§1466A and §2252A. The provisions are a little more in detail than those of Japan, but the most contrasting feature is that they have a line saying that an image that "lacks serious literary, artistic, political, or scientific value" (§1466A) is defined as child pornography. In other words, some artistic pieces are seen as an art piece even though there are some visual elements of sexual abuse of children in it. This is perfectly reasonable and understandable since the provisions may violate the freedom of speech without these exceptions. Hollywood movies such as Traffic and American Beauty could be categorized as child porn and banned if there were no such a clause. The same thing can be said to visual child porn. Actually, the U.S. Government introduced the Child Pornography Prevention Act of 1996, but the U.S. Supreme Court struck down the law in 2002 for the same reason for the protection of art values. The Government again issued the improved PROTECT Act of 2003 instead, but it still cannot ban all the images that they initially intended to. American media, including Businessweek and The Huffington Post, at least have such a legal background to appreciate and discuss the controversial pieces as art, whereas Japanese media may have hesitated to do so because they have a vague legal boundary between art and child porn although its society is full of such images.
his interview posted on the museum website long before he received the letter from the group. He even said, "I had always thought of some of the works to be displayed in the R18 room (like the "Dog" series) as almost certainly too much for an art museum to show openly" and "I wouldn't think of insisting against everyone's better judgment that my more confronting works be hung in such a public arena." He said this especially because young children may be in the audience of the exhibition. These statements show that he shared the same concerns as the protest group from the beginning and finally decided to display some of his works in the restricted area. The focus of the argument is then more on how artistic values and community standards go together, which is not particularly discussed in any media that was mentioned earlier.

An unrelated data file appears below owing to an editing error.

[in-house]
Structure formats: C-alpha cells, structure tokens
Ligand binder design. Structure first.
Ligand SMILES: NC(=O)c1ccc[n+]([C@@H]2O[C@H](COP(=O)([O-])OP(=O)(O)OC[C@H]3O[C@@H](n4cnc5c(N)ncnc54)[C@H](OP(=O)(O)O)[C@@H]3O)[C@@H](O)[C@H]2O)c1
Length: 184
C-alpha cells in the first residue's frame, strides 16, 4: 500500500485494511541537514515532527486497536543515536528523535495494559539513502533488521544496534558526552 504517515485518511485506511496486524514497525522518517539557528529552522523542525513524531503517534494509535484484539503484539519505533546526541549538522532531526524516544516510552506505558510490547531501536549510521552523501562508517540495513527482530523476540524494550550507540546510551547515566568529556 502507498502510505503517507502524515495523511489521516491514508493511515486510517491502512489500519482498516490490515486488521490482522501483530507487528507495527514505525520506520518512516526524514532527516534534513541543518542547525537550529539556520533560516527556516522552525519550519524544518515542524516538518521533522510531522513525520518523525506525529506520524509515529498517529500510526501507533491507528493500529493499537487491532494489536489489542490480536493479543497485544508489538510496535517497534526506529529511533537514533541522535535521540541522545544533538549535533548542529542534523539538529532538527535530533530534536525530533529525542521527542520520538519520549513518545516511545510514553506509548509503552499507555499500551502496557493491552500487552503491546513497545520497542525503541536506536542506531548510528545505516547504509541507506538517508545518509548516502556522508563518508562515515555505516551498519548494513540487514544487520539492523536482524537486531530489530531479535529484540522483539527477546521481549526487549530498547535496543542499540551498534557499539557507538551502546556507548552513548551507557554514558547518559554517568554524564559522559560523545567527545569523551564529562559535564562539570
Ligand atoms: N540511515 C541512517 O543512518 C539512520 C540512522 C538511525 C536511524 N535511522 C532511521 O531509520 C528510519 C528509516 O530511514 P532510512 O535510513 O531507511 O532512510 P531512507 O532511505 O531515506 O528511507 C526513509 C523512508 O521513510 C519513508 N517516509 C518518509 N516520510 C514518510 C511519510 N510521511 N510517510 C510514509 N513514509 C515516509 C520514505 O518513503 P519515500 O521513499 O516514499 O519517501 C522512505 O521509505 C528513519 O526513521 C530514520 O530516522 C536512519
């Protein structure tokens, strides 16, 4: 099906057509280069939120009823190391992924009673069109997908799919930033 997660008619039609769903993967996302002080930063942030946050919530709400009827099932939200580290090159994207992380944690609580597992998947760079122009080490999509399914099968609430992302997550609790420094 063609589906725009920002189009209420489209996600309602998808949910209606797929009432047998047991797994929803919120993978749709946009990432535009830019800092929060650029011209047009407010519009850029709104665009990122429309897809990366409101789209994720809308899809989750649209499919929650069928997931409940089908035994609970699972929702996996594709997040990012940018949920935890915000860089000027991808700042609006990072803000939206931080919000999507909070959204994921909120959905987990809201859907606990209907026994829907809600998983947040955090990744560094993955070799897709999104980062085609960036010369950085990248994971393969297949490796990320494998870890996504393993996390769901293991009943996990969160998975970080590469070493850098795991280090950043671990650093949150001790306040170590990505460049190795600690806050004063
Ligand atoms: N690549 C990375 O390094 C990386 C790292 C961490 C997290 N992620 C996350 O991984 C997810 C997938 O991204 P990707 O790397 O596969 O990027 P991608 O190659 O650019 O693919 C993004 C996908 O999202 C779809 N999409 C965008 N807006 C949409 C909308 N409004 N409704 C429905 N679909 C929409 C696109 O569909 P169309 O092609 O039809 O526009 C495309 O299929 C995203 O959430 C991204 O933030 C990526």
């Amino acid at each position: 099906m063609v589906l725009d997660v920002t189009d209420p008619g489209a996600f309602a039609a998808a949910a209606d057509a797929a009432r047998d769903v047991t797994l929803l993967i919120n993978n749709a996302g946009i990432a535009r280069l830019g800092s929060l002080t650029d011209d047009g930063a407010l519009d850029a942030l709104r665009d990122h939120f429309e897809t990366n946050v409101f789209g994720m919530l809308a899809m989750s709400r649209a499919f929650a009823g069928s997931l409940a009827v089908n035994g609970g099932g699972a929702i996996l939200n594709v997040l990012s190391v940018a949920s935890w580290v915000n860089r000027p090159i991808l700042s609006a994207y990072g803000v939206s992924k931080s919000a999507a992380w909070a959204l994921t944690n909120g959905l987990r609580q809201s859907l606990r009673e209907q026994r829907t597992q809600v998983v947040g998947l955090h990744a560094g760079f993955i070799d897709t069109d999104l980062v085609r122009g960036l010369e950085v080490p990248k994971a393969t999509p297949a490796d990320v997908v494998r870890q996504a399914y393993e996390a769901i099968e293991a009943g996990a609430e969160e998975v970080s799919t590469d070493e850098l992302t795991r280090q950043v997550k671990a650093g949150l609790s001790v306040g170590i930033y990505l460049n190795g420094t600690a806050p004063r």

As shown above, English reporting media was more likely to report the art event in a review form to give the readers clues to judge whether it is worth visiting or not, whereas Japanese media rarely offered critical points of views on the event for the readers and just covered it merely as news. This is because Japanese media intends to avoid controversial issues and does not have enough art appreciating practices in its media outlet on a daily basis as a whole. On the other hand, the Japanese media did not really focus on the issue that the protest group and the museum focused on. As The Japan Times' article cited above suggested, it is true that a sense of kawaii, which is often translated as cuteness in English, plays a huge role in people's preference in Japanese society today. There could have been a critical analysis on Japanese society using this term as a key word through the review of the exhibition.